#8 - The Voice (NBC) - 2013 was the year where "reality" TV officially hit the bottom of the barrel. Deadly catches and extreme home makeovers have given way to phony half-scripted nonsense like Honey Boo-Boo, Duck Dynasty, and Finding Bigfoot. Game & talent shows have become stale, while new offerings have ranged from insipid to incomprehensible (did ANYONE understand what was happening on "Million Second Quiz"?) The one exception to reality banality remains "The Voice," an average singing competition made exceptional by the near-perfect casting of its supremely entertaining judges.

#7 - Camp (NBC) - This fast-cancelled mid-season replacement series was doomed from the start, between its all-Australian cast of unknowns and its less-than-favorable summer time slot. It's a shame, really, because NBC wasted the opportunity to build a franchise around this true breath of fresh air. A modern update of the tried and true shenanigans-at-summer-camp plotline, "Camp" ended up being a "Meatballs" for the "Glee" generation. Funny, inspiring, sexy, and sentimental, its short life was something NBC should have taken pride in.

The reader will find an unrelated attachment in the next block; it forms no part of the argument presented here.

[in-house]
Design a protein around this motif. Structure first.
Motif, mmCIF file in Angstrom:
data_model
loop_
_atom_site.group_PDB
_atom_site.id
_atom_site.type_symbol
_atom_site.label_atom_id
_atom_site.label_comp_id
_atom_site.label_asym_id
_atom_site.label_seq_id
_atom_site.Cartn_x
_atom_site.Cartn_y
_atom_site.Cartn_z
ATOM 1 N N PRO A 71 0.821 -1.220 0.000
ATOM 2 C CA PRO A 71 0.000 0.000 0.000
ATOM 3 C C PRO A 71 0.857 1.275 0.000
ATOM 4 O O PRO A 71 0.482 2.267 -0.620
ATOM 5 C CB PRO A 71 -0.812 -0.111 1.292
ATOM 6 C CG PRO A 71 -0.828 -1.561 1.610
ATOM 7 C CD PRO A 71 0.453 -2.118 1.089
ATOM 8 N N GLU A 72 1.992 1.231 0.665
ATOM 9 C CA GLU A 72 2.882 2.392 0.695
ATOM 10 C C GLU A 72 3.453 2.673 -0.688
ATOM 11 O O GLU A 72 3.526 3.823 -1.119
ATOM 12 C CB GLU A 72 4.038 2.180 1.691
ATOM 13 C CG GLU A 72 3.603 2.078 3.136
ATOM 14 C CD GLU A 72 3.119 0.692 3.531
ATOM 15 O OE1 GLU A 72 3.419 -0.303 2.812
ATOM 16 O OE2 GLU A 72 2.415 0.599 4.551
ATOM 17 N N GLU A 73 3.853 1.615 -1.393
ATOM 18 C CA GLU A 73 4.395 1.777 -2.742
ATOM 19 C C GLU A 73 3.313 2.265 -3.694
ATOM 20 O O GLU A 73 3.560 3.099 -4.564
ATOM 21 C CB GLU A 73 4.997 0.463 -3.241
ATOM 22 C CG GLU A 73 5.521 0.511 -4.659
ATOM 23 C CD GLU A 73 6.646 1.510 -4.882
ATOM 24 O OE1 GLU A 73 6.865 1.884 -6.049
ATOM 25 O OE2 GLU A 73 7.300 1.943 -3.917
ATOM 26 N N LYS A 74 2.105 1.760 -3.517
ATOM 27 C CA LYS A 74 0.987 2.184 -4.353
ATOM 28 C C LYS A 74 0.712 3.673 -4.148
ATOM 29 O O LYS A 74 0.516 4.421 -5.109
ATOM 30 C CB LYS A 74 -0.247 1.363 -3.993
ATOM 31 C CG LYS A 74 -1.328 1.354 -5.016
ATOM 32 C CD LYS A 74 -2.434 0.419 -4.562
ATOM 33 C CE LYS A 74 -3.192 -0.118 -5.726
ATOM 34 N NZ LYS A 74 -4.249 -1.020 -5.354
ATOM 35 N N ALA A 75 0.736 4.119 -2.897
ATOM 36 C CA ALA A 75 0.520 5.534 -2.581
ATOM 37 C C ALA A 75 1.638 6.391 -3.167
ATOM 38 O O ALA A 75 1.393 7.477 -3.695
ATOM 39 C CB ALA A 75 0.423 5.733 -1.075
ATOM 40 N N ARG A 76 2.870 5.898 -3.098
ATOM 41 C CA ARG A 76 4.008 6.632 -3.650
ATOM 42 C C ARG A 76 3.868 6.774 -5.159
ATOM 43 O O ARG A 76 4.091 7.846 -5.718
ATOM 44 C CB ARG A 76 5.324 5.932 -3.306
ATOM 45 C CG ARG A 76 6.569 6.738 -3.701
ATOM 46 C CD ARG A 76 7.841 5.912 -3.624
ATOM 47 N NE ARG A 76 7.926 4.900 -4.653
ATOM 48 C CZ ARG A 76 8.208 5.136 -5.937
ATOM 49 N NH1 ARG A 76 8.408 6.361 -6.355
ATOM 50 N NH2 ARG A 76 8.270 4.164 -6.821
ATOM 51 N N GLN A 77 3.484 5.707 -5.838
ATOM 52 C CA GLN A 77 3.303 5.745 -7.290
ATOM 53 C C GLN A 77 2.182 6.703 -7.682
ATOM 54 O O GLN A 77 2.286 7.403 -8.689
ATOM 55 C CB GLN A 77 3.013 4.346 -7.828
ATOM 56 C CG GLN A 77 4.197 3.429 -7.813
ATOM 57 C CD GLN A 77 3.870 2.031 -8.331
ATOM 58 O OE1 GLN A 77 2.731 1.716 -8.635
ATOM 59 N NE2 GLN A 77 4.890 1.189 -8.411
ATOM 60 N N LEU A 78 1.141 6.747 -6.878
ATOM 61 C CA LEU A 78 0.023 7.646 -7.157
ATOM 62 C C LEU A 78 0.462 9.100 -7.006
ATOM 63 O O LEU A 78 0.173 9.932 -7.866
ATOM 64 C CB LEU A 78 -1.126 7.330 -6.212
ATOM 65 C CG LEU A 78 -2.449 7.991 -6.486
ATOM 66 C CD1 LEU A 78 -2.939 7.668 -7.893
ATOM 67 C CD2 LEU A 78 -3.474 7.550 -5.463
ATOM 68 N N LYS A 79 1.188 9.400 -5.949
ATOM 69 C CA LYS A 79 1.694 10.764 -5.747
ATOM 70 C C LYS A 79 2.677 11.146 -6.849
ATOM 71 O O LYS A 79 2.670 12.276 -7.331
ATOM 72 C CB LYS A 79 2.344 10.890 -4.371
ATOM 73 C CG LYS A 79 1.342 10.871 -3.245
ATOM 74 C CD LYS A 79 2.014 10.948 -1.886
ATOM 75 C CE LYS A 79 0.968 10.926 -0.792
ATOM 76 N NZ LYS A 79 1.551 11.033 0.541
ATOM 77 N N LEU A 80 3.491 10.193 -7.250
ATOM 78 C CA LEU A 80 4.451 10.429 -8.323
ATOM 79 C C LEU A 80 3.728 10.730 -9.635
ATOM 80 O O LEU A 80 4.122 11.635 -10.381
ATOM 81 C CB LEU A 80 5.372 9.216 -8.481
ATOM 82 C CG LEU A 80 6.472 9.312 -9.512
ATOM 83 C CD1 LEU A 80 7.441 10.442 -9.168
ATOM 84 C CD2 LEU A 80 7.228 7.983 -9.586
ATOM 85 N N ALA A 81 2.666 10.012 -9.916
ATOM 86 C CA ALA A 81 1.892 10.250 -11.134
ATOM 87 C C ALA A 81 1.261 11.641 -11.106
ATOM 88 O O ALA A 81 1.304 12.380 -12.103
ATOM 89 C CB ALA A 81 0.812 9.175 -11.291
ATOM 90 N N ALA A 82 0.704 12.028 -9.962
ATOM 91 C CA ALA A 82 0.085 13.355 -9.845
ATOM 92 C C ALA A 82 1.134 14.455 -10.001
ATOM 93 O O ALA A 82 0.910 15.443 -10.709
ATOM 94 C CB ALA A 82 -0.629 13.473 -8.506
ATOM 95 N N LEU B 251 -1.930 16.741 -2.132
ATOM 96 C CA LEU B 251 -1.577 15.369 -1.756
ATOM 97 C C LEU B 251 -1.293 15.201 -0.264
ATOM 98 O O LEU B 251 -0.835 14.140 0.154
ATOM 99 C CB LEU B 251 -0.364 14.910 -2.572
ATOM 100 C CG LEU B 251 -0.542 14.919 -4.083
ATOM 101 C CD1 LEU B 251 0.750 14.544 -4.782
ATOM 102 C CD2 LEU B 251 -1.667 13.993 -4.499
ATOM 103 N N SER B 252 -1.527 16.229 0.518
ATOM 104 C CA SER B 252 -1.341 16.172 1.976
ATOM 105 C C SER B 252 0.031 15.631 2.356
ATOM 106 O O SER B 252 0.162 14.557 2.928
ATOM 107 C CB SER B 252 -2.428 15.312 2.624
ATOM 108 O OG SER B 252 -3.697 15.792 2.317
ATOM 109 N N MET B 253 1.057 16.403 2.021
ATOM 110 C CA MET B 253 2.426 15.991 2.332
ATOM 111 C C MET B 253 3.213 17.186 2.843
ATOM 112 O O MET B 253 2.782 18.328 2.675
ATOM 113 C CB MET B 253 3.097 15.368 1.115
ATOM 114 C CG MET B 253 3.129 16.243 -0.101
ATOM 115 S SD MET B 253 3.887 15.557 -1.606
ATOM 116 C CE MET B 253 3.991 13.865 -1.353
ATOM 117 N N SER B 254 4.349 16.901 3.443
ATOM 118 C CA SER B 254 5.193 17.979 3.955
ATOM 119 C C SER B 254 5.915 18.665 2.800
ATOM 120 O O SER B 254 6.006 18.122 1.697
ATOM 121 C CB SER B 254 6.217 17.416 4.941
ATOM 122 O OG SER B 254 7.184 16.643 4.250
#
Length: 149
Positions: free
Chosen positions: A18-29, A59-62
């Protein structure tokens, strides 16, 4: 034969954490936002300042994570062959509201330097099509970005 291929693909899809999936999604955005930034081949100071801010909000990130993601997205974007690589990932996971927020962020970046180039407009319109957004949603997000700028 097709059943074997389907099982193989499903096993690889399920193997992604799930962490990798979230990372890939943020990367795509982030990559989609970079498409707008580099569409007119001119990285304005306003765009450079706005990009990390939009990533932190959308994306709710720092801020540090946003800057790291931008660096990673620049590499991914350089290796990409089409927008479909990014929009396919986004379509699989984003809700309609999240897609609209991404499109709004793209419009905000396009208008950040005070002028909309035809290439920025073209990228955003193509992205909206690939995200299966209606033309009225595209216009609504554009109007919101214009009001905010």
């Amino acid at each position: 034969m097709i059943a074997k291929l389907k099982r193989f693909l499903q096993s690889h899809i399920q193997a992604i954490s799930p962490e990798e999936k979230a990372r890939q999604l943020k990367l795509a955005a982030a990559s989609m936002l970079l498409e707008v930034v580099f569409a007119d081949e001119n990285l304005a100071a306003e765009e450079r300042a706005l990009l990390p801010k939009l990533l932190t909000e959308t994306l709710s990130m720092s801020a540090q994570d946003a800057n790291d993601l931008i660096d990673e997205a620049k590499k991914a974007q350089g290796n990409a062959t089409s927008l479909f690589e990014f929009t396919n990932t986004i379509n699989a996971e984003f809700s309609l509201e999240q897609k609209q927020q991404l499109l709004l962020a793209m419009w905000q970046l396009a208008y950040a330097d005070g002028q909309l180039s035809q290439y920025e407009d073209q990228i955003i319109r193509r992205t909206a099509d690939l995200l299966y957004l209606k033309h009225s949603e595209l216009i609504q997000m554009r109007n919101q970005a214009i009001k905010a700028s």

#6 - South Park (Comedy Central) - They say "South Park" jumped the shark a few years ago, but nobody can pinpoint exactly when. That's because it hasn't. While it's true that the show's now outlasted its "Omigod, They Killed Kenny" t-shirts by a decade, it hasn't lost any of the fearless bite that once turned construction paper into a pop culture phenomenon. Quite simply, "South Park" is the greatest social satire on TV now and maybe ever, and it's beyond me how the show can stay so strong when it's basically an afterthought these days for creators Trey Parker & Matt Stone.